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Battle: The Story of the Bulge

4.11  ·  Rating details ·  762 ratings  ·  60 reviews
"The perspective of 15 years, painstaking research, thousands of interviews, extensive analysis and evaluation, and the creative talent of John Toland [paint] the epic struggle on an immense canvas. . . . Toland writes with the authority of a man who was there. . . . He tastes the bitterness of defeat of those who surrendered and writes as if he had the benefit of the eyes ...more
Paperback, 400 pages
Published April 1st 1999 by Bison Books (first published 1959)
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4.11  · 
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 ·  762 ratings  ·  60 reviews

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Nov 17, 2017 rated it really liked it  ·  review of another edition
Shelves: military, non-fiction
A grisly story of a brutal battle, told well. A well-researched, carefully constructed chronicle of one of the most famous/infamous battles and, in many way, one of the final turning points in WWII in Europe. An impressive piece of military history told in the most human of terms.

Much of the author's art is the ability to present the big (and I mean big) picture - from Hitler to Eisenhower - while presenting a broad range of perspectives - both axis and allied, from individual soldiers (and civi
A book about the Battle of the Bulge, that reads like a movie script.

This book, written in 1959, gives a broad overview of the actions that took place during the Battle of the Bulge. It is somehow a little one sided account of various witnesses (American and Belgian) about the battles but skips the details about the siege of Bastogne. Therefore, a good introduction to the battle, fast pacing and enjoyable, but will lack the detail that a more profound WWII buff reader will require.
Aug 13, 2009 rated it really liked it
Like the battle itself, this book could have been a disaster. Yet, Toland does a great job of making this confusing and chaotic battle understandable by focusing on the personal stories of the soldier. His writting style is economic as he tells heart wrenching, sometimes funny and incredible stories of how close this battle could have come to wiping out the gains the Allies had achieved since Normandy. The maps are very good and the short paragraphs detailing the action along the lines made it e ...more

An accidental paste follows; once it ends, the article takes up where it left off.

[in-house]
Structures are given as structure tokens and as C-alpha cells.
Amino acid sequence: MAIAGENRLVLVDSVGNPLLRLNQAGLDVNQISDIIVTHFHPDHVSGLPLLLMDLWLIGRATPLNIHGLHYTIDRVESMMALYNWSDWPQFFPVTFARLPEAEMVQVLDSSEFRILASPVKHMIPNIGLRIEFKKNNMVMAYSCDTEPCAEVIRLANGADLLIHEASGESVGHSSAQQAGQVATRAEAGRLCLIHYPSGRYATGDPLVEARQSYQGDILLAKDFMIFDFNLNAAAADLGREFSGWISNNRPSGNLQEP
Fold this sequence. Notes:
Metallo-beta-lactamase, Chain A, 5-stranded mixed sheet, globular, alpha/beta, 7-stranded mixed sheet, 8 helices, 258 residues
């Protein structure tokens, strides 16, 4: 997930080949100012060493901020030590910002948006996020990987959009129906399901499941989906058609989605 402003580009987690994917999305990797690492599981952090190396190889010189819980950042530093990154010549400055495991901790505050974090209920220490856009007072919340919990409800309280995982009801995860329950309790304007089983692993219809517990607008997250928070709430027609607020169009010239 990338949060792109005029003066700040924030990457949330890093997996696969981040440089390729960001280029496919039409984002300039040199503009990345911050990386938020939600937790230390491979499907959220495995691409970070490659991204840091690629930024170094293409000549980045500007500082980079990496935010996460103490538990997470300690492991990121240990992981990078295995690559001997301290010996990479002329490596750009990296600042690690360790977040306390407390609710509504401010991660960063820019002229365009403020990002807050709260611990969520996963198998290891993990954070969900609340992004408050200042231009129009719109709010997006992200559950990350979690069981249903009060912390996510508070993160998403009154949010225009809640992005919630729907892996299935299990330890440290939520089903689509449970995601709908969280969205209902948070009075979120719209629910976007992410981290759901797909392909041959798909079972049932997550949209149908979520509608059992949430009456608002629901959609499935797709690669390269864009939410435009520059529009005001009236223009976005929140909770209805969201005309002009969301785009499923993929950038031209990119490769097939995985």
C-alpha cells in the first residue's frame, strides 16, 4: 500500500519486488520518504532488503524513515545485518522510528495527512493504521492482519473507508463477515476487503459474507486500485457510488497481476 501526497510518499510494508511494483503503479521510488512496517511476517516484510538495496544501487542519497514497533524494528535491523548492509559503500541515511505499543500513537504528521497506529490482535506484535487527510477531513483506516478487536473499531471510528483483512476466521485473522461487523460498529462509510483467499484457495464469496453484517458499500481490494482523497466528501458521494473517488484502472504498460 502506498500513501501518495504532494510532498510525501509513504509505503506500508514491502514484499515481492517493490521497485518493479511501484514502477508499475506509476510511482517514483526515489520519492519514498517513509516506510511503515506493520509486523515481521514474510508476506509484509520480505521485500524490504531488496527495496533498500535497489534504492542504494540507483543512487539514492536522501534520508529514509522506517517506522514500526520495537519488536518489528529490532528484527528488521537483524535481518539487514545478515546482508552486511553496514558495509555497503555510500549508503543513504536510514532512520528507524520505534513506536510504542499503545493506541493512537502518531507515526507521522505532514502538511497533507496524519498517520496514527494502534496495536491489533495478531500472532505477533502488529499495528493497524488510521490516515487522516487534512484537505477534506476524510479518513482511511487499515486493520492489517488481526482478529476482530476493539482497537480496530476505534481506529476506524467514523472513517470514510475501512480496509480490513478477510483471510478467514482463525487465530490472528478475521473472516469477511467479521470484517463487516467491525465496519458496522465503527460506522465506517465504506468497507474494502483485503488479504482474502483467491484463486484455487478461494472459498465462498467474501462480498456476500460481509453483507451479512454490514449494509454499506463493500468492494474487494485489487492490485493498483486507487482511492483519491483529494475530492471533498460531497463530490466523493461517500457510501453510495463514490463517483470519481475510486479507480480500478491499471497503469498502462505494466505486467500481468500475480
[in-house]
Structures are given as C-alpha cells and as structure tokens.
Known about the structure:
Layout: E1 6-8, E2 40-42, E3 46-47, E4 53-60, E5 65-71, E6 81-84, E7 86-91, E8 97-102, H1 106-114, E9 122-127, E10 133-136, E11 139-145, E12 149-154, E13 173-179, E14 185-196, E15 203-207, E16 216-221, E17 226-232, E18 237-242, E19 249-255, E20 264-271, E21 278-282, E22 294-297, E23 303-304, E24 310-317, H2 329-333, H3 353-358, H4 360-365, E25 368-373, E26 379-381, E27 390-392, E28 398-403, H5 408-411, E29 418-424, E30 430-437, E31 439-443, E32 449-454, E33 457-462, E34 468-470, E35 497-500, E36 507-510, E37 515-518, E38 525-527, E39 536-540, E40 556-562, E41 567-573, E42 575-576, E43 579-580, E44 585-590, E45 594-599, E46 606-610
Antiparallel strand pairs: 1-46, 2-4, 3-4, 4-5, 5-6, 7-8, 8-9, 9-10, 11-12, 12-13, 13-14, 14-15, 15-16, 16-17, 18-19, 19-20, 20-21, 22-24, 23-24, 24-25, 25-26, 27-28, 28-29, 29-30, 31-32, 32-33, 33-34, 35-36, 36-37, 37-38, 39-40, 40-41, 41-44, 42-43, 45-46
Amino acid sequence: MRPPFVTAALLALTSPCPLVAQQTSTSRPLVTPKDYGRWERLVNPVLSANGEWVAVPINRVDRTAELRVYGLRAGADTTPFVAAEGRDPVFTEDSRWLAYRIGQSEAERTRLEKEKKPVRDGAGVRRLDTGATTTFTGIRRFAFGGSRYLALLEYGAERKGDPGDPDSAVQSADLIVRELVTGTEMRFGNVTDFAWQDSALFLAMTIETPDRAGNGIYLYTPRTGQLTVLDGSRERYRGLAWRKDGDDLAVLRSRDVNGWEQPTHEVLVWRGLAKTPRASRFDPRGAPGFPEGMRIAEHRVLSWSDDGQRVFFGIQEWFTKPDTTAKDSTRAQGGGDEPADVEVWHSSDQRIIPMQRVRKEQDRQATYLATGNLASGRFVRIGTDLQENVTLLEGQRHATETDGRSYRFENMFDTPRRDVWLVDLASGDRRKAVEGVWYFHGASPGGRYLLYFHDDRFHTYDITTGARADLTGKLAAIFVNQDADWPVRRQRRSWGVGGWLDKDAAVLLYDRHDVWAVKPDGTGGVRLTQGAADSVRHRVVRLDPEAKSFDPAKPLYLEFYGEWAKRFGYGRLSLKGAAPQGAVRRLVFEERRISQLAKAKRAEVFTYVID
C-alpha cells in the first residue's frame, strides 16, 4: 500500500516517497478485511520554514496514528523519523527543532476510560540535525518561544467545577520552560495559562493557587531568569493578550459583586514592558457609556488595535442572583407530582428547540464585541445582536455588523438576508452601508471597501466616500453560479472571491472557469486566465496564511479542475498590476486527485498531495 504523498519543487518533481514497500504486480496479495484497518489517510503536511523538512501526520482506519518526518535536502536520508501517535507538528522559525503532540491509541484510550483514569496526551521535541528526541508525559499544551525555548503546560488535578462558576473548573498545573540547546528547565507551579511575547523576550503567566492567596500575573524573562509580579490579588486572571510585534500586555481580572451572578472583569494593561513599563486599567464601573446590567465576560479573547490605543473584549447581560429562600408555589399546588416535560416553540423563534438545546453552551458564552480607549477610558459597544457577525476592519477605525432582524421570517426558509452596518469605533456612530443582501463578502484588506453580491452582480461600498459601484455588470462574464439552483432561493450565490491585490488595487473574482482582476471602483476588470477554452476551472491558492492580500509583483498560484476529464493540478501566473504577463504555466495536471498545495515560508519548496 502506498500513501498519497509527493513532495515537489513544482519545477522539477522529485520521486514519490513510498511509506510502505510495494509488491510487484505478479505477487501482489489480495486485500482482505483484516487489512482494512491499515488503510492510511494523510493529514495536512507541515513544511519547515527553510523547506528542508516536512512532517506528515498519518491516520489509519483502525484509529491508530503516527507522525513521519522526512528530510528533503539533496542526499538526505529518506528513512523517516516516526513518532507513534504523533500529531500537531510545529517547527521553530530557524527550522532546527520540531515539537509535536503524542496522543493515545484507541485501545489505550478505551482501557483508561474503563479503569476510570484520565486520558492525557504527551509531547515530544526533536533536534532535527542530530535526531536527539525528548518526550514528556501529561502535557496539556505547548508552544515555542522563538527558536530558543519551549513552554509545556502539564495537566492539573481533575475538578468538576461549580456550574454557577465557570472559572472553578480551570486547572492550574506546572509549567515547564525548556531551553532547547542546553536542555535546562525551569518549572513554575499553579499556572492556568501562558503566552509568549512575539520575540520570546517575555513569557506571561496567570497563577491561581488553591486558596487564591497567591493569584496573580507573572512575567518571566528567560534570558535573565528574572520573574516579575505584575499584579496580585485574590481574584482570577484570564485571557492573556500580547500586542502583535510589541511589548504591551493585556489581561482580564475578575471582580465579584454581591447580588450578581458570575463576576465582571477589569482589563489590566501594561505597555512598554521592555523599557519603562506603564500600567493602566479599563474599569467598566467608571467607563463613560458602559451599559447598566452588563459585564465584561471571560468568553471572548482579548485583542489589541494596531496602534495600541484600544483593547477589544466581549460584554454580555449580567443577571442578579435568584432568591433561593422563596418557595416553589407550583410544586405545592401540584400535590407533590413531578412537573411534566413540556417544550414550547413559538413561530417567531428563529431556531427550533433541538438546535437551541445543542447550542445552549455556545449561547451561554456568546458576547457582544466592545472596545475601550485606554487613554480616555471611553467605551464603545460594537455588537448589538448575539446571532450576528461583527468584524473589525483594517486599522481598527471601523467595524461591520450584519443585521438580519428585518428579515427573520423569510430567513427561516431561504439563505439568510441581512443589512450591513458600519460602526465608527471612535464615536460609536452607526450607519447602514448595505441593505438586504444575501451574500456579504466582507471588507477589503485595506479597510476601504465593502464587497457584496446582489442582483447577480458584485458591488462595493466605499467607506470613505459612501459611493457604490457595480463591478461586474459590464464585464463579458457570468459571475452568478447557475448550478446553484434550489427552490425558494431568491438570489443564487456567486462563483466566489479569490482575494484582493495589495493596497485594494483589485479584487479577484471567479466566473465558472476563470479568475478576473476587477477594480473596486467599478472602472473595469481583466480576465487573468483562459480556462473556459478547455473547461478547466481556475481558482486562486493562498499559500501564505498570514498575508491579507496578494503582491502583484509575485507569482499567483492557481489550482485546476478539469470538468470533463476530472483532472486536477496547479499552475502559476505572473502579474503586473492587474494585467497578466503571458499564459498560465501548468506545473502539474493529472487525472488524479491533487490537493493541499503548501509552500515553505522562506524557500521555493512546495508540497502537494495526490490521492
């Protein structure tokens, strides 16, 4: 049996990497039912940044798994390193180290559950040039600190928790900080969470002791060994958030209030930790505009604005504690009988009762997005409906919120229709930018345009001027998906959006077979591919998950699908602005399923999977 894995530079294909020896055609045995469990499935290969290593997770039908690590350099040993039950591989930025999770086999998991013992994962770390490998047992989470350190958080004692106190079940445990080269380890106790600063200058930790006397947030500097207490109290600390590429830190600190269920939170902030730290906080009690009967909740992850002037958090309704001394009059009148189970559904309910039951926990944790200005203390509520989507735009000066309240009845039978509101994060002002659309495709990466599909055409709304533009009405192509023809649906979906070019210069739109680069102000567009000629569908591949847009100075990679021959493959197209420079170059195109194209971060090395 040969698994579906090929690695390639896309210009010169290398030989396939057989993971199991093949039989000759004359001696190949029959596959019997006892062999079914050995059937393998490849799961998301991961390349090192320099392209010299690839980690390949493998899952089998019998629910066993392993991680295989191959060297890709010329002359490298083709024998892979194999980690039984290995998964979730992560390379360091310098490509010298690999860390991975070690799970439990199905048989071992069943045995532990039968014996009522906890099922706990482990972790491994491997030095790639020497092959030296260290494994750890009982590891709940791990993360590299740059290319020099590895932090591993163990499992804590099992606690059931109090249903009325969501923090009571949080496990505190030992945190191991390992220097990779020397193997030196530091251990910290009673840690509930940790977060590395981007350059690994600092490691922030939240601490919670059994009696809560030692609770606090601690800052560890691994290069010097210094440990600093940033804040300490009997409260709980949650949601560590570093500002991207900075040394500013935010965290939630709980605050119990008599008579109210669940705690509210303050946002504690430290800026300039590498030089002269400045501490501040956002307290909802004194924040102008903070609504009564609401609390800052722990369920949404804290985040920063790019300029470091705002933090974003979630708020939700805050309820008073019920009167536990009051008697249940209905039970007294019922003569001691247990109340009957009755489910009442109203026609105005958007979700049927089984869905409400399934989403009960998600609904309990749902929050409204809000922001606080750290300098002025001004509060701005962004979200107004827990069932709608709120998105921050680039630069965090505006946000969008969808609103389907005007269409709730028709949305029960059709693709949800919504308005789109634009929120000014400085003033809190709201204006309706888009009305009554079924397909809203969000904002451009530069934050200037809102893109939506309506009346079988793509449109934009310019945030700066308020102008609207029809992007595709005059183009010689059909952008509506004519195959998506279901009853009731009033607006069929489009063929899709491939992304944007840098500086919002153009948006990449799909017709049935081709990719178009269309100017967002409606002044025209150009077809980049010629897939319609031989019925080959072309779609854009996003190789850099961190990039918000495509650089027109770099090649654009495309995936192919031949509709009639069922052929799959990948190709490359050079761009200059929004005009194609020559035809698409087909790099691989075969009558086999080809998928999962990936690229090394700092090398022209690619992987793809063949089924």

What a great way to ring in the new year, by finishing a good book. My daughter picked this book out of the library for me. It is a very fitting time to read this since the Battle of the Bulge was Christmas 1944 into the new year 1945. John Toland is one of my favorite authors due to his research and thorough discussion of the historical events. He came through with flying colors with this one as well.

The 101st at Bastogne, the 90 degree turn of Patton's Third Army, and the fake Americans of Ot
Sep 30, 2009 rated it liked it
Nice try, Hitler- NUTS to you!

This is a VERY detailed account of the battle, which can be overwhelming to a casual reader. I ended up getting lost trying to figure out who was where at what time because flipping back and forth to the maps got tedious after a while. Eventually, I just had to power through it to get a general feel for the battle. After some more WWII reading, I may come back to this book a second time.

With so many characters and locations to keep straight, I recommend reading thi
Feb 23, 2018 rated it really liked it
Shelves: history
Strangely, it took me longer to read Battle: The Story of the Bulge than it took for Hitler’s desperate Wacht am Rhein to bog down. I started reading Battle: The Story of the Bulge when playing a board game called Tigers in the Mist. At first, I was trying to read the sections related to where I was in the game, but then work, family, and church intervened (not to mention that I lost the game even though I was the Allies—couldn’t hold Bastogne long enough).